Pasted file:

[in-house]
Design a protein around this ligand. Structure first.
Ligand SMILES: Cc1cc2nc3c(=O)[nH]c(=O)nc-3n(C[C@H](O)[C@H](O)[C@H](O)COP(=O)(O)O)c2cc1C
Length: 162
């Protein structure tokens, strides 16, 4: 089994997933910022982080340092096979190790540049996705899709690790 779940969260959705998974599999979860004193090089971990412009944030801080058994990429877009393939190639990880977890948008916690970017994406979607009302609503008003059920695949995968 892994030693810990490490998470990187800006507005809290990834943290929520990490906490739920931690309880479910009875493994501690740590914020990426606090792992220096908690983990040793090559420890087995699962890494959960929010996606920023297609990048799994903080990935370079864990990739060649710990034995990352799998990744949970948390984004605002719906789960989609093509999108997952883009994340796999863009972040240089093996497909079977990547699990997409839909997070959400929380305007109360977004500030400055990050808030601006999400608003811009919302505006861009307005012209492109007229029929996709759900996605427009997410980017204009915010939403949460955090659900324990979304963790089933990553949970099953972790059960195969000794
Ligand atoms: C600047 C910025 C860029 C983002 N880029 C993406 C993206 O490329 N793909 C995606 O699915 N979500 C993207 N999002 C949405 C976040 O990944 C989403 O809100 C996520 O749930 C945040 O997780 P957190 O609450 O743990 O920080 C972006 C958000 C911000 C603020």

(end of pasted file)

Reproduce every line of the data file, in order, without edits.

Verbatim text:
[in-house]
Design a protein around this ligand. Structure first.
Ligand SMILES: Cc1cc2nc3c(=O)[nH]c(=O)nc-3n(C[C@H](O)[C@H](O)[C@H](O)COP(=O)(O)O)c2cc1C
Length: 162
């Protein structure tokens, strides 16, 4: 089994997933910022982080340092096979190790540049996705899709690790 779940969260959705998974599999979860004193090089971990412009944030801080058994990429877009393939190639990880977890948008916690970017994406979607009302609503008003059920695949995968 892994030693810990490490998470990187800006507005809290990834943290929520990490906490739920931690309880479910009875493994501690740590914020990426606090792992220096908690983990040793090559420890087995699962890494959960929010996606920023297609990048799994903080990935370079864990990739060649710990034995990352799998990744949970948390984004605002719906789960989609093509999108997952883009994340796999863009972040240089093996497909079977990547699990997409839909997070959400929380305007109360977004500030400055990050808030601006999400608003811009919302505006861009307005012209492109007229029929996709759900996605427009997410980017204009915010939403949460955090659900324990979304963790089933990553949970099953972790059960195969000794
Ligand atoms: C600047 C910025 C860029 C983002 N880029 C993406 C993206 O490329 N793909 C995606 O699915 N979500 C993207 N999002 C949405 C976040 O990944 C989403 O809100 C996520 O749930 C945040 O997780 P957190 O609450 O743990 O920080 C972006 C958000 C911000 C603020």